Society, Culture, and Security

The Forgotten Crisis of the Democratic Republic of Congo: A Deadly Conflict Largely Ignored

While the legacies of the Holocaust during the Second World War, or the 1994 Rwanda genocide remain pervasive within the collected memory of the international community, there are many humanitarian crises equally tragic which have to date remained overshadowed. The world may be focused on the current conflicts in Ukraine or Syria, yet the ongoing civil war in the Democratic Republic of Congo (DRC), which has been the deadliest and most prolonged conflict since the Second World War, has been largely ignored.

The DRC has been in conflict for nearly two decades. The country was in a civil war from the mid 1990s to 2003, and officially transitioned to peace and democracy in 2006. Despite peacekeeping efforts and a strong international presence, the country remains in political turmoil to this day, especially within its eastern region.


The DRC is extremely rich in mineral resources, including gold, diamond, coltan and copper. If such resources were utilized properly in a politically stable environment, the DRC could be one of the richest countries on the world. However, the realities of its political upheavals have created one of the world’s deadliest conflicts, with a death toll of over 5.4 million people.

The DRC holds a poor human rights record, with its government conducting countless crimes against humanity. The country is also heavily criticized for its treatment of women having been referred to as the “rape capital of the world.” According to the American Journal of Public Health 1,152 women in the DRC, are raped every day. That is the equivalent to 48 cases of sexual assault being conducted every hour. Rape is a weapon of war in this country, it is used by the military to weaken any form of opposition.

Justine Masika Bihamba, a native of the DRC, was first raped at the age of 15 and has now founded a rescue centre for rape victims. She explained that men are sometimes kidnapped at a very young age and their lack of a safe upbringing and often brutal surroundings reinforces the cycle of violence. Today there are approximately 7,000 child soldiers in the DRC, some as young as nine years old who face few opportunities and are being abducted or lured into a life of brutality.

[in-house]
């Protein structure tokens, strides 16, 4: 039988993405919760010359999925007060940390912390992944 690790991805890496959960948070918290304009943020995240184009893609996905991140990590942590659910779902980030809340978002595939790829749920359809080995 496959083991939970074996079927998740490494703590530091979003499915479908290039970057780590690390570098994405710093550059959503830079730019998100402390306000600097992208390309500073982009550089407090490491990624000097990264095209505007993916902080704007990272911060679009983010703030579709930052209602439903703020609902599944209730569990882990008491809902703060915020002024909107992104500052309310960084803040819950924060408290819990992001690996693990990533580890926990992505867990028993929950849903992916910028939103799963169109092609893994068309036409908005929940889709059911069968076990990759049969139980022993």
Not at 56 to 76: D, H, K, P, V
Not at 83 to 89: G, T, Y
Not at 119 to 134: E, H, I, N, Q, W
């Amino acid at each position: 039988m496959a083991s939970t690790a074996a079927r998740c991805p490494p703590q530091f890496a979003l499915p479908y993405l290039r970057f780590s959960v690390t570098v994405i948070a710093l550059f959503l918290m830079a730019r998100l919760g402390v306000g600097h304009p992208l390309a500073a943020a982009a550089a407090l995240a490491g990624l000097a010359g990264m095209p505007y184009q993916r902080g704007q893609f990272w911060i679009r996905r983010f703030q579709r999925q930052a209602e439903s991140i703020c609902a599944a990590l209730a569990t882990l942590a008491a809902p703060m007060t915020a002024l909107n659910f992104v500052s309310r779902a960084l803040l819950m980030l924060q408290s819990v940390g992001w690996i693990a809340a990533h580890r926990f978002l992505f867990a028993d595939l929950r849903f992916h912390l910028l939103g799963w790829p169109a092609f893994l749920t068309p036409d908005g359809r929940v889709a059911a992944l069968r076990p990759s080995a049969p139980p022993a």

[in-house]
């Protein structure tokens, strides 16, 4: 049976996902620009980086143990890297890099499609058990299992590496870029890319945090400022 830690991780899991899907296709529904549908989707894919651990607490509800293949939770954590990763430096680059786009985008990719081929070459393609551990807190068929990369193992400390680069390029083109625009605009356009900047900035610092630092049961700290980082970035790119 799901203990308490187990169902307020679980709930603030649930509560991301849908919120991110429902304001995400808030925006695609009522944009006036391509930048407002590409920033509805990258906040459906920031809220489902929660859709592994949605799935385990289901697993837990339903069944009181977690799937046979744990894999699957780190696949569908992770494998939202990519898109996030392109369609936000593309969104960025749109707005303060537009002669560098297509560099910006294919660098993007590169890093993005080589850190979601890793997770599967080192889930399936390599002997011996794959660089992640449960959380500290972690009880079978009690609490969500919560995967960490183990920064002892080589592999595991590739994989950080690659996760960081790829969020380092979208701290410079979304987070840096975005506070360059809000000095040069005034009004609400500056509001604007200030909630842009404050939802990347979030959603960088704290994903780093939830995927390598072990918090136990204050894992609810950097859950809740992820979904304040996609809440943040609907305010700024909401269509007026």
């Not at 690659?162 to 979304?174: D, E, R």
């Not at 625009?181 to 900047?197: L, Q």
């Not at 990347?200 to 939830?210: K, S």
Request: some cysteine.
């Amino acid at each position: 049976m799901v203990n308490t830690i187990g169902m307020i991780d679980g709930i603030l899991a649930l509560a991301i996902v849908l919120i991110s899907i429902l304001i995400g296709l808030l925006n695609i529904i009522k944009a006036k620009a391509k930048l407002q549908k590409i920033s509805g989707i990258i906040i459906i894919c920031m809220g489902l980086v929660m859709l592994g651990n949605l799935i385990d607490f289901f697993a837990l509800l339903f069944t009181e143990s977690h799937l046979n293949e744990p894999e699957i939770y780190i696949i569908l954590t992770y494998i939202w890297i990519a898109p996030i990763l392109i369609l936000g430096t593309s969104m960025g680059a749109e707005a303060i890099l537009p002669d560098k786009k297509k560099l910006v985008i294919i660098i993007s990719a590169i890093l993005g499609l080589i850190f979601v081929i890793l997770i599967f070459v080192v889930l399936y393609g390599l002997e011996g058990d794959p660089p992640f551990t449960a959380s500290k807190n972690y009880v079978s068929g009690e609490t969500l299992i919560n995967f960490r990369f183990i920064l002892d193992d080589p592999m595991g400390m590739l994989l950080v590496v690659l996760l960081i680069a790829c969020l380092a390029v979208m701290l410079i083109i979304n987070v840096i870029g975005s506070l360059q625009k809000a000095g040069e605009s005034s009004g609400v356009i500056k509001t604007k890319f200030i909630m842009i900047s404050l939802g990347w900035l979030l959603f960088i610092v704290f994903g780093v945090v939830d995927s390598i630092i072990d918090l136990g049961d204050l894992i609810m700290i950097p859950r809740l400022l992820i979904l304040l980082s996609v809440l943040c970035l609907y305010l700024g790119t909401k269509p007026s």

Multinational corporations are contributing both directly and indirectly to this conflict. Multinational corporations fund military operations, creating a network of key political, military and business elites who exploit the country’s mineral resources.

The violence in the DRC has been largely ignored by the media, with the international community remaining by the sidelines. In 2002, a UN panel accused 85 companies of breaching OECD standards, by conducting massive human rights violations including torture, rape and murder to exploit the country’s wealth after the war began in 1998. Many governments have since put pressure on the Security Council to have their companies removed from the report. Multinational corporations, including Canadian mining giants operating in the DRC are funding military operations in exchange for lucrative contracts. Canadian mining investment in the region is estimated at approximately $3 billion.

With the crisis in Ukraine, reaching nearly 4,000 deaths, and the conflict in Syria resulting in over 200,000 casualties, international attention has been largely absent from the violence and brutality which has plagued the DRC for the past few decades, in spite of the much higher number, over 5.4 million of lives lost.

Rebecca Mukuna
Rebecca Mukuna is a graduate from York University with honours in Public Administration and is currently employed as a risk management associate. When not working she enjoys traveling and experiencing different cultures. Rebecca has a passion for constitutional law and human rights and will soon be pursuing graduate studies in international business.